The latter consortium holds the lease to operate the Beira railway network.

    As work progresses along the Sena Railway, sections will be reopened to traffic, it has been announced. The initial stage being reopened to traffic is a 90km section between the towns of Dondo, about 30 km from Beira on the main line to Zimbabwe, and Muanza, which will enable the carriage of limestone from Muanza to the cement factory in Dondo.

    Following that the next stage to be reopened will be between Muanza and Inhamitanga, about 94km further along the line, which the consortium hopes to have opened to traffic by 29 August 2007.

    The intention is to complete the 670km of the railway by May 2009, and includes crossing the Zambezi at Sena and then following the main line to Moatize in Tete province, as well as continuing on a second line to the southern Malawi border where it will connect with the Malawi rail network.

    At Sena the line will also reopen to traffic from the sugar mills at Marromeu on the southern banks of the Zambezi. This 88km section is also being rebuilt.

    The original railway was so effectively sabotaged during the Mozambique civil war that large sections are having to be completely rebuilt, not rehabilitated or refurbished. The operation has also included having to clear the adjacent area of all land mines laid during the war, which has now been completed.

    Source – Noticias and AIM

    Nigeria’s Obasanjo insists on port reforms

    Nigeria’s President Olusegun Obasanjo says he is insistent that port reforms must be implemented ‘to the letter’.

    Meeting with the Association of Nigerian Licensed Customs Agents (ANLCA) on port reforms, the president said that corruption was a major cause of delays in the clearance of cargo from the ports.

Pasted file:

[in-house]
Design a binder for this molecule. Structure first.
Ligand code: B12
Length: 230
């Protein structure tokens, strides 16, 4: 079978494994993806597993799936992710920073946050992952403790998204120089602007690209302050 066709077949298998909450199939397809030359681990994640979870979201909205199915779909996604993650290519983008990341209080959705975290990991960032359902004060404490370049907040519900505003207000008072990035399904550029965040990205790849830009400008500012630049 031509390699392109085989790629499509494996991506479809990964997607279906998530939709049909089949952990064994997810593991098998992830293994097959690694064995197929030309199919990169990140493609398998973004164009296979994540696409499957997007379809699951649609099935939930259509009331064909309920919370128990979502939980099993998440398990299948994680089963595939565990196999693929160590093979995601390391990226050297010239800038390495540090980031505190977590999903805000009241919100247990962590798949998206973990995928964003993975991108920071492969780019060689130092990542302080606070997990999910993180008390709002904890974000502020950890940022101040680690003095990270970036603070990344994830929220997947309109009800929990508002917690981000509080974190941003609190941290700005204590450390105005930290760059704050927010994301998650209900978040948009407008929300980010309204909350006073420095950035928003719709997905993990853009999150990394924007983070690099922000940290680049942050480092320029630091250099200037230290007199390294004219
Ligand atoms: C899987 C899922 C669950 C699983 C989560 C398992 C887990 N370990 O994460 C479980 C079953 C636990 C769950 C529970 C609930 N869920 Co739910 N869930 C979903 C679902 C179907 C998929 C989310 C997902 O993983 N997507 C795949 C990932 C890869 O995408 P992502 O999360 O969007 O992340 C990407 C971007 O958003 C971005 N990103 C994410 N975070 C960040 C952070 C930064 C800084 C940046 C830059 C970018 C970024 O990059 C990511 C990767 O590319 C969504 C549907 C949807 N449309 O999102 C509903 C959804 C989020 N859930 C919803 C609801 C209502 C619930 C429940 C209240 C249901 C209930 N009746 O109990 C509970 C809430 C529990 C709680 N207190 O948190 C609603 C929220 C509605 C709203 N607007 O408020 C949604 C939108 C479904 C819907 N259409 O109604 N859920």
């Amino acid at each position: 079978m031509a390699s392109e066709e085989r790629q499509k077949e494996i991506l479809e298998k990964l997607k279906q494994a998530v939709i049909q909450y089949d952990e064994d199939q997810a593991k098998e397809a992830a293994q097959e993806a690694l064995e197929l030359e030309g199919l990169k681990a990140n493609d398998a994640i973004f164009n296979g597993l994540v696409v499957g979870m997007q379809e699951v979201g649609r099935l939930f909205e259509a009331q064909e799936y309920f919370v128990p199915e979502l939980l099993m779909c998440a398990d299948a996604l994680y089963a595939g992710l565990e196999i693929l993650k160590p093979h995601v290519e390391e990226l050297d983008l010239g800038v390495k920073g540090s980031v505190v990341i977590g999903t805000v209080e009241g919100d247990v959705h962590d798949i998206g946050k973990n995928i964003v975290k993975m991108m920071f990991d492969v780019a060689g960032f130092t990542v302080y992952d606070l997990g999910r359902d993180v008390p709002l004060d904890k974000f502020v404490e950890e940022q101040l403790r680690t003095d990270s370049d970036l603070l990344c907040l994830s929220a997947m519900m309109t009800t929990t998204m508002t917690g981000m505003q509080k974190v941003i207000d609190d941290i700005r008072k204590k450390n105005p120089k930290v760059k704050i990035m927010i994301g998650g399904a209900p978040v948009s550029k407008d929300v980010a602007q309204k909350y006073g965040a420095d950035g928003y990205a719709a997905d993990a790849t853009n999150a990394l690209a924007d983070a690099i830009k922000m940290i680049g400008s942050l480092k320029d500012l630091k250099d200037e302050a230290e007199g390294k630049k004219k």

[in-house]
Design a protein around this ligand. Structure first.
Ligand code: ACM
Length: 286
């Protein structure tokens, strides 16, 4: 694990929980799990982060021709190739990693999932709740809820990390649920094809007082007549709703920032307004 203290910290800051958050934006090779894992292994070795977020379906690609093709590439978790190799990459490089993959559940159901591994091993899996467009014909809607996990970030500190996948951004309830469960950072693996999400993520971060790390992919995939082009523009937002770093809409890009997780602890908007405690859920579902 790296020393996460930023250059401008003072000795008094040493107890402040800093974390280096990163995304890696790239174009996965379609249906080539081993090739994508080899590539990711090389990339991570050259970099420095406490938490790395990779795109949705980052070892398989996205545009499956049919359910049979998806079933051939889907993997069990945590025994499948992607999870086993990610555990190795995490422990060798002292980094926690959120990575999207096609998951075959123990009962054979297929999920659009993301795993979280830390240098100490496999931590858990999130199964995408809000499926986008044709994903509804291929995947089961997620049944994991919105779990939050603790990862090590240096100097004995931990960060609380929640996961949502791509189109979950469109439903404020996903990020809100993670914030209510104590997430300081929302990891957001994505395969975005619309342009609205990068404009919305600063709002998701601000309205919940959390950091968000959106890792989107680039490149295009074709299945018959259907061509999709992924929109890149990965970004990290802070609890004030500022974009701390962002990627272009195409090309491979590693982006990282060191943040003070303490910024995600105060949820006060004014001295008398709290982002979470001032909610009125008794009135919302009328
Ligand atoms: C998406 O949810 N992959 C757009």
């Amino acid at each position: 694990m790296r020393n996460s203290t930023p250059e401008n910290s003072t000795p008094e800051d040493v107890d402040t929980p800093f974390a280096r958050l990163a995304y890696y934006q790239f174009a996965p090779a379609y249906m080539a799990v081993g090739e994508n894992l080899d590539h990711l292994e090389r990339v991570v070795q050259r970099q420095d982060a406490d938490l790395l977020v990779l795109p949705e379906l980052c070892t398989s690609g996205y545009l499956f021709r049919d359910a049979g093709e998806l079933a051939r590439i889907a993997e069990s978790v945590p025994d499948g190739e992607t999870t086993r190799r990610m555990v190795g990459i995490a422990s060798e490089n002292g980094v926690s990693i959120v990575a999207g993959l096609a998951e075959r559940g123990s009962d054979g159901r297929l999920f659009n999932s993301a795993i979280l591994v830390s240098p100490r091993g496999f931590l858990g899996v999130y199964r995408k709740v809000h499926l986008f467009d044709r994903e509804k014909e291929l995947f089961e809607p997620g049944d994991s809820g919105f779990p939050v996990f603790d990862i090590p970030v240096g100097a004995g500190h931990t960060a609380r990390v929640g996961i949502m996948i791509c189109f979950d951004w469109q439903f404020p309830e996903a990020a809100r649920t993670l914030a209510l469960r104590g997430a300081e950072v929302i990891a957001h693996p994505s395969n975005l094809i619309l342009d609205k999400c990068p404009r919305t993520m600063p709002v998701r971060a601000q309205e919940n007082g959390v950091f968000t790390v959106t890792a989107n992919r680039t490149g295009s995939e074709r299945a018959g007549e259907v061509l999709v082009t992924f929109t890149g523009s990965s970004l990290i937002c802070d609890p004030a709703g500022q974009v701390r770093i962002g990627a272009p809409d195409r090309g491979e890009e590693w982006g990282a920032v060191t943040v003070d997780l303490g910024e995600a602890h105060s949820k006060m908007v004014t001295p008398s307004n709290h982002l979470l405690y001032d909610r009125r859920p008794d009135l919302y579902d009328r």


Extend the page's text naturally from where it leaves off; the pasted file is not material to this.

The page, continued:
The Federal Government was prepared to take all necessary measures to ensure efficient performance at the ports and would shortly convene an all-stakeholders forum to examine remaining problems preventing the smooth implementation of the port reforms.

    The chairman of ANLCA Chief Ernest Elochukwu drew attention to overcrowding at the ports as well as what he described as the menace of touts at the nation’s ports.

    Source - Daily Champion (Lagos)

    Spanish logistics company hopes to boost West African trade

    A Canary Island company, Canary Impex has established a new logistics operation in the Ghanaian capital Accra which will focus as a distribution centre for Spanish products entering West Africa.

    According to Canary Impex director Ricardo Rodriguez, the project came about after a study of the problems faced by Spanish companies wanting to enter West African markets. The project intends covering the entire ECOWAS market (Economic Community of West African States).

    One of the major obstacles has been the payment of exported goods or when no sales agreement can be reached. “The solution we can offer Spanish firms, being in the country of destination, is to supervise the sales and to send him the amount in euros as soon as it has been paid," said Rodriguez.

    Canary Impex will also facilitate the exchange of currencies where a Spanish exporter invoices in euros but is offered payment if Ghanaian currency, which is not freely exchangeable.

    "What we are doing is redirecting and reconverting, as we are buying African crude products which we ship to Europe and convert into European Union currency and again are able to use to pay out Spanish exports in hard currency," he said.

    Canary Impex will also facilitate the search for new customers and markets

    Source - Ghanaian Chronicle (Accra)

    Pic of the day – JAG LALIT

    Click on image to enlarge – with some browsers click twice

    The 81,396-gt crude oil tanker JAG LALIT, built in 2005 and owned and operated by the Great Eastern Shipping Co of Mumbai, India, seen in Cape Town harbour on 19 December 2006 – that’s Table Mountain creeping into the picture at top left. Picture by Ian Shiffman.

    NB Shipping pictures submitted by readers are always welcome – please email to info@ports.co.za